Significant efforts to incentivize the uptake of energy efficient vehicles (EEVs) are evident across the globe. Given EEV markets are dynamic, and consumer demand may fluctuate in response to incentives, this may also lead to other market forces influencing prices. An analysis of EEV incentives, therefore, must account for the possible endogeneity between demand and pricing. Here we estimate the effects of different types of incentives on the demand and price premiums of a specific group of EEVs: plug-in and conventional hybrid electric vehicles (HEVs). For the first time we dis-entangle the endogeneity between HEV demand and price, using error components three-stage least squares (EC3SLS) regression, and establish that increased HEV price premiums lead to reduced demand. In turn, we also establish that increased HEV demand leads to lower price premiums. Additionally, we find that one-off subsidies are associated with higher consumer demand, however, unlike other types of incentives, are also associated with higher HEV price premiums. This finding suggests that HEV manufacturers and/or dealers are absorbing a significant monetary benefit from one-off subsidies, raising a question regarding the appropriateness of HEV subsidies, particularly in non-HEV manufacturing nations. We also find that higher fuel prices are associated with higher HEV demand and price premiums.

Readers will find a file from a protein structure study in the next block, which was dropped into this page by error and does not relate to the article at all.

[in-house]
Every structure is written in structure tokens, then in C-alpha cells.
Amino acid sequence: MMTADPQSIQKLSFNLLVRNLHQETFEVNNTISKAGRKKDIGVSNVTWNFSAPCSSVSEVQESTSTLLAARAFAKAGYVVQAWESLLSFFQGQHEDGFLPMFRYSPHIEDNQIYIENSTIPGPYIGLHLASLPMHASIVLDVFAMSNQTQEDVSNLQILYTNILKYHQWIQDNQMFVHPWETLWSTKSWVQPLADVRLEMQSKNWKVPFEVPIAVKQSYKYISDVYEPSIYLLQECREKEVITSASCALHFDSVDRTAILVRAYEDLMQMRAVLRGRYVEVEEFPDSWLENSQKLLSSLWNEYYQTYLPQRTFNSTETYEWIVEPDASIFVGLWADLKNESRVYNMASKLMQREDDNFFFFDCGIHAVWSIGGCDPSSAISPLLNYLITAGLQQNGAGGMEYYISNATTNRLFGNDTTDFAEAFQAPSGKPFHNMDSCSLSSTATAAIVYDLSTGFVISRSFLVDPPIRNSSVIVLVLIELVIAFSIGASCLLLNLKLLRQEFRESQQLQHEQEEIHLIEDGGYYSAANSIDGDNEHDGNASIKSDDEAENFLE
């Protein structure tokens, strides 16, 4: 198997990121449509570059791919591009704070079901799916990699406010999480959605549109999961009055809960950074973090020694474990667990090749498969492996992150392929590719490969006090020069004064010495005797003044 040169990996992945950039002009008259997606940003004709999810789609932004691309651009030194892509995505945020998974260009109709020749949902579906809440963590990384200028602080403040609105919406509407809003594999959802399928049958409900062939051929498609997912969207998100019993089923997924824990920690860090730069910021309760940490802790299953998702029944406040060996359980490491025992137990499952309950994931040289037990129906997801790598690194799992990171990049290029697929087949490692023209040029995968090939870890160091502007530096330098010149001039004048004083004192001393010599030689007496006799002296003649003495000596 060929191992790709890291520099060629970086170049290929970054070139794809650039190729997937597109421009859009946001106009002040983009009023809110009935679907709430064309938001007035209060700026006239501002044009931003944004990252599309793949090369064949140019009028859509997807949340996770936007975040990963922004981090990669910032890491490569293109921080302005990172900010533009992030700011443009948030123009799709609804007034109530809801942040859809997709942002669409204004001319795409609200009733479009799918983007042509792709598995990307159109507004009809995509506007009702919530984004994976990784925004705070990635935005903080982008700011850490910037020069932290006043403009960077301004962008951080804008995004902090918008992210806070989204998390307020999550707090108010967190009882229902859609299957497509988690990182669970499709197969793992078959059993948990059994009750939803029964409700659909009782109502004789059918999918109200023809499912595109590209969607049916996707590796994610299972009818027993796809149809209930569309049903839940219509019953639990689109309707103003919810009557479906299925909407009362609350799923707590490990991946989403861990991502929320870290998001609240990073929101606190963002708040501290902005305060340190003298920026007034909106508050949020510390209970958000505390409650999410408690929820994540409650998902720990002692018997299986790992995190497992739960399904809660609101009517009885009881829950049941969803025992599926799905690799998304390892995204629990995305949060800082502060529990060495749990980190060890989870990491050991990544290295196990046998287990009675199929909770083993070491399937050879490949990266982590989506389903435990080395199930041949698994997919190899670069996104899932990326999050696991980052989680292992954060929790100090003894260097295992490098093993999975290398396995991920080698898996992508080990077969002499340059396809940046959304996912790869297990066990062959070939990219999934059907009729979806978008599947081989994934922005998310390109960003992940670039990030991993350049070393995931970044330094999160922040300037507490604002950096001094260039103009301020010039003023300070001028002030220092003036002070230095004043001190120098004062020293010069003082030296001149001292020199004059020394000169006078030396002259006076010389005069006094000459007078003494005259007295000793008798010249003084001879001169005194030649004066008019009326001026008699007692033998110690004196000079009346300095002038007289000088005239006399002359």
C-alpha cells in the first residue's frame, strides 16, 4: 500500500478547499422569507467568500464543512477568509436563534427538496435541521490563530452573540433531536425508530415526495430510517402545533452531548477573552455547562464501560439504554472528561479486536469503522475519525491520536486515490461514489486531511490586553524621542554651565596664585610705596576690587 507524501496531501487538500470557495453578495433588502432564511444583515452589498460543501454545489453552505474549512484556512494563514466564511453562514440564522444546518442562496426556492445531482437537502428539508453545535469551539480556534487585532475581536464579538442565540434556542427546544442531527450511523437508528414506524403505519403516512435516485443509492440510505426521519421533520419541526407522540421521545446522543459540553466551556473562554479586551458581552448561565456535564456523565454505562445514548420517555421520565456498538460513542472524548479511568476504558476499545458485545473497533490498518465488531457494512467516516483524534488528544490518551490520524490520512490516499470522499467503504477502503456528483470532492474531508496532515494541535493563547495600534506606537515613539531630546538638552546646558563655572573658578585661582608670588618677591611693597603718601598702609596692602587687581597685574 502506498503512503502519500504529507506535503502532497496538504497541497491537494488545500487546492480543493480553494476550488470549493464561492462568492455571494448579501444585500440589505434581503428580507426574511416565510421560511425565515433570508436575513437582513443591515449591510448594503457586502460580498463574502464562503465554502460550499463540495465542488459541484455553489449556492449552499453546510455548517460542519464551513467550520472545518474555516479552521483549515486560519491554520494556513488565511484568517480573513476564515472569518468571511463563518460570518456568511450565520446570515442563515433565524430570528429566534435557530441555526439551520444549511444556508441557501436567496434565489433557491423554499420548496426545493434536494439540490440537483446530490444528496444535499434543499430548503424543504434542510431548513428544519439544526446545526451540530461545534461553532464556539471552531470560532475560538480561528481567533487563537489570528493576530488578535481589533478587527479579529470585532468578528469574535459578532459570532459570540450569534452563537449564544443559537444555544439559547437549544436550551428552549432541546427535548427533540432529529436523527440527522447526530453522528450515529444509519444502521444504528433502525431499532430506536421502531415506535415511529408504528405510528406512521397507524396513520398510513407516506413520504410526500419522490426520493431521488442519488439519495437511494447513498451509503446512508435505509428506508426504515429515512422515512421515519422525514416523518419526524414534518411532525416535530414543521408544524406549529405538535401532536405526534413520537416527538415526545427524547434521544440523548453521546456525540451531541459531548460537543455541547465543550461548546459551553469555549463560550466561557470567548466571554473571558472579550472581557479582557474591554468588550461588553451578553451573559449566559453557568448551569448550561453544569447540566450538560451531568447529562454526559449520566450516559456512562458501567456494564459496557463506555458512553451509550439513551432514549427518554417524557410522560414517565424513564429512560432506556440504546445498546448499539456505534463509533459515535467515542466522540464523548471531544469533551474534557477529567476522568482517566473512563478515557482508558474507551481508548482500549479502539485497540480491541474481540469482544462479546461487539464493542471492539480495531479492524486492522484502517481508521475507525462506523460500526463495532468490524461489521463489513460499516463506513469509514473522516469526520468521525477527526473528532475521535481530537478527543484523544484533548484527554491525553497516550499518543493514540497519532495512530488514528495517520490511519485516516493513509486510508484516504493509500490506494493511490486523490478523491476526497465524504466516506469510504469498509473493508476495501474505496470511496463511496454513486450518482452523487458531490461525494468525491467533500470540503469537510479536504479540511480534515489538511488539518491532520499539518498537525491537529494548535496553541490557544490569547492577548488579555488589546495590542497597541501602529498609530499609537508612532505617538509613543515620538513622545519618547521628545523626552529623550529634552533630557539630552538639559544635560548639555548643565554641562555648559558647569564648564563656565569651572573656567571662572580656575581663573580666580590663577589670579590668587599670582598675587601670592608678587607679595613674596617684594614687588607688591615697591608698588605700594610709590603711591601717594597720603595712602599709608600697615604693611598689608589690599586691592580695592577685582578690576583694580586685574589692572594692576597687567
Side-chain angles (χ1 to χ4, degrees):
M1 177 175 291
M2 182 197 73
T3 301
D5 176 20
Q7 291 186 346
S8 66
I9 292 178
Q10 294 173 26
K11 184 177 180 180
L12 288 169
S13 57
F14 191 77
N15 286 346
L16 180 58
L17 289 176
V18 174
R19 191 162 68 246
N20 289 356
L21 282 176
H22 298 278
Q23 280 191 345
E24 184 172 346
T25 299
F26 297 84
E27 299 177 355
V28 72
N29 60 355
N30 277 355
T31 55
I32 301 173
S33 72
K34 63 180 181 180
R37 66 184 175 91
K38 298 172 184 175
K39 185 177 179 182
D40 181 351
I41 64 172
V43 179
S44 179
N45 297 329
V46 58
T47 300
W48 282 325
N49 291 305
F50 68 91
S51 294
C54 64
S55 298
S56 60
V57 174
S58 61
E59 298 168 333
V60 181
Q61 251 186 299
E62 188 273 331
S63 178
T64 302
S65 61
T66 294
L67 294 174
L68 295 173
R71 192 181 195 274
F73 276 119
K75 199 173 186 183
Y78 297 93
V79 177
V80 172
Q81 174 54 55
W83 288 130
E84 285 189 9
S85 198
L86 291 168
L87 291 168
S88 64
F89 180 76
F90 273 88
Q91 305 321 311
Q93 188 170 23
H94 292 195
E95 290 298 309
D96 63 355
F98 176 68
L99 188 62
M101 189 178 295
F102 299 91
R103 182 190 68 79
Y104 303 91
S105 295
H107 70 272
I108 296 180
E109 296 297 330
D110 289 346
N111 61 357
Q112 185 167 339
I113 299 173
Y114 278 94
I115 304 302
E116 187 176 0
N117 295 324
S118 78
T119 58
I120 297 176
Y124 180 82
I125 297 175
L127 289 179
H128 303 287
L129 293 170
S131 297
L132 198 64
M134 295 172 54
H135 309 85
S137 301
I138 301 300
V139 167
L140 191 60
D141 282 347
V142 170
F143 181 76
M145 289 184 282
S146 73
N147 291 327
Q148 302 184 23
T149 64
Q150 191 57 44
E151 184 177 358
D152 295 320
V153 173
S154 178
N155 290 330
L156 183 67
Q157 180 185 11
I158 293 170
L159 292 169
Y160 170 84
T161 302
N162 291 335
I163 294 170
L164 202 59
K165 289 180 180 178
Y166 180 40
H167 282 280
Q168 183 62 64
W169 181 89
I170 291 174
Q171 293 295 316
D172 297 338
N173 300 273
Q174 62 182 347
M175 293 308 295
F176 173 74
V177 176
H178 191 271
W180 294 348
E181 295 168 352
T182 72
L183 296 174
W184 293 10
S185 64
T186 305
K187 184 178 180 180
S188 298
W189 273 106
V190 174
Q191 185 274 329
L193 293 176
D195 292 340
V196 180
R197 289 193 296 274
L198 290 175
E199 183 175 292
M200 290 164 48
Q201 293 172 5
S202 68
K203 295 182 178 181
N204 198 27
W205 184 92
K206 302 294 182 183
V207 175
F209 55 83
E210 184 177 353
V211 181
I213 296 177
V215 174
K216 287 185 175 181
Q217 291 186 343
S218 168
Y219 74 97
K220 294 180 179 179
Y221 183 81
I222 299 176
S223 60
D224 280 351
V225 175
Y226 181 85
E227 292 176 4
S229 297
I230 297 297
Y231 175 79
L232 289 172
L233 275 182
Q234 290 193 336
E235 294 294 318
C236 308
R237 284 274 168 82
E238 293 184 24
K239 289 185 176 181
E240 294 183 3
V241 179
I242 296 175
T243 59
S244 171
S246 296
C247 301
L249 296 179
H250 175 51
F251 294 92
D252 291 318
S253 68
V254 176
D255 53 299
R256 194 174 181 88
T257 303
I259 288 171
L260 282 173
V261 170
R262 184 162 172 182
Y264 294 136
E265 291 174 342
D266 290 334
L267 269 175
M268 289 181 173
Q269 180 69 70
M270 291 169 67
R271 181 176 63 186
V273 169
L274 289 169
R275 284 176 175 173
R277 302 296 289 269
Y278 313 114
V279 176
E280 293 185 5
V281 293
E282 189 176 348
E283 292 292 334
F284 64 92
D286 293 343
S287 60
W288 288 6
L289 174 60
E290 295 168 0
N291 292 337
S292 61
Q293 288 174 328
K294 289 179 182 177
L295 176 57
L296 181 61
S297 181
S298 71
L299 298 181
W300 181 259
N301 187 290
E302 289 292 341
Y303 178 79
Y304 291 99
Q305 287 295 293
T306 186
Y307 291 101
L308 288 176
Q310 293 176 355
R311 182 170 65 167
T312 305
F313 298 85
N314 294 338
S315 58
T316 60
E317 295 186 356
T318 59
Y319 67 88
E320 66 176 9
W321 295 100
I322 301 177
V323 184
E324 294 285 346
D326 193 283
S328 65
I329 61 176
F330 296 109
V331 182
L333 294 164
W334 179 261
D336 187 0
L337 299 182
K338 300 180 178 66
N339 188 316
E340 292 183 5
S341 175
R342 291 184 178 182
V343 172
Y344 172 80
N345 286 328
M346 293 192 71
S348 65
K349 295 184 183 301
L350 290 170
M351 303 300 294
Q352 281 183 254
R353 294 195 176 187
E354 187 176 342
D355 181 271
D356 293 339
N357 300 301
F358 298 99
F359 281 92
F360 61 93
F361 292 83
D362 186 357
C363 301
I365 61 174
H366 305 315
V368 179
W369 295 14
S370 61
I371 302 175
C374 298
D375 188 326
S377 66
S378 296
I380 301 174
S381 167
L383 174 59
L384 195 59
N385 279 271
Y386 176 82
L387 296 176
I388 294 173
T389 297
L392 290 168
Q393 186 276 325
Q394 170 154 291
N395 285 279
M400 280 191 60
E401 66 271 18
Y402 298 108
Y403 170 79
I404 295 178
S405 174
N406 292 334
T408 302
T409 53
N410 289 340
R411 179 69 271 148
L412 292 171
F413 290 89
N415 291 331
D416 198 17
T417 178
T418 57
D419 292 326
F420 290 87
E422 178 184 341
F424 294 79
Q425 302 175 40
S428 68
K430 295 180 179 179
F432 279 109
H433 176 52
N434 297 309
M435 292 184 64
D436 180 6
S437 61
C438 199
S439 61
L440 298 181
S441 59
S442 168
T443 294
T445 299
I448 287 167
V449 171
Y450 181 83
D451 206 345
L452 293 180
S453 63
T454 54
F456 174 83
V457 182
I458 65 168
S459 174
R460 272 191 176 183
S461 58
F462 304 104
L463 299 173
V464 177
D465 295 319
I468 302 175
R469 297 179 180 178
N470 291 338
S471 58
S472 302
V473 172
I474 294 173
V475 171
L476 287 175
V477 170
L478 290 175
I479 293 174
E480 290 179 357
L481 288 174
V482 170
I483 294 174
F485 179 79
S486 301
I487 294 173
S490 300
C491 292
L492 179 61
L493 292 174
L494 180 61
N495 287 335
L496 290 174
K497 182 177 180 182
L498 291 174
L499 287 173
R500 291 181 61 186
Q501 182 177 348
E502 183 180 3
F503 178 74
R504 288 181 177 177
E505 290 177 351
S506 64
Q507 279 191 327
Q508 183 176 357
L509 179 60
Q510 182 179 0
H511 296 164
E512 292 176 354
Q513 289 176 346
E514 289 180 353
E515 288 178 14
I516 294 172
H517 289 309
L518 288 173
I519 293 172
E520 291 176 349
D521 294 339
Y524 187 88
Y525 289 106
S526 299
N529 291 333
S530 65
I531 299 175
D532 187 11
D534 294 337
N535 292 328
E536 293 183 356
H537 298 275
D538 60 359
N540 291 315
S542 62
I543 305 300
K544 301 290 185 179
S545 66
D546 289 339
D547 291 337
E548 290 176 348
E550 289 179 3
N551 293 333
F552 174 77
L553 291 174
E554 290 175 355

Document type: Article
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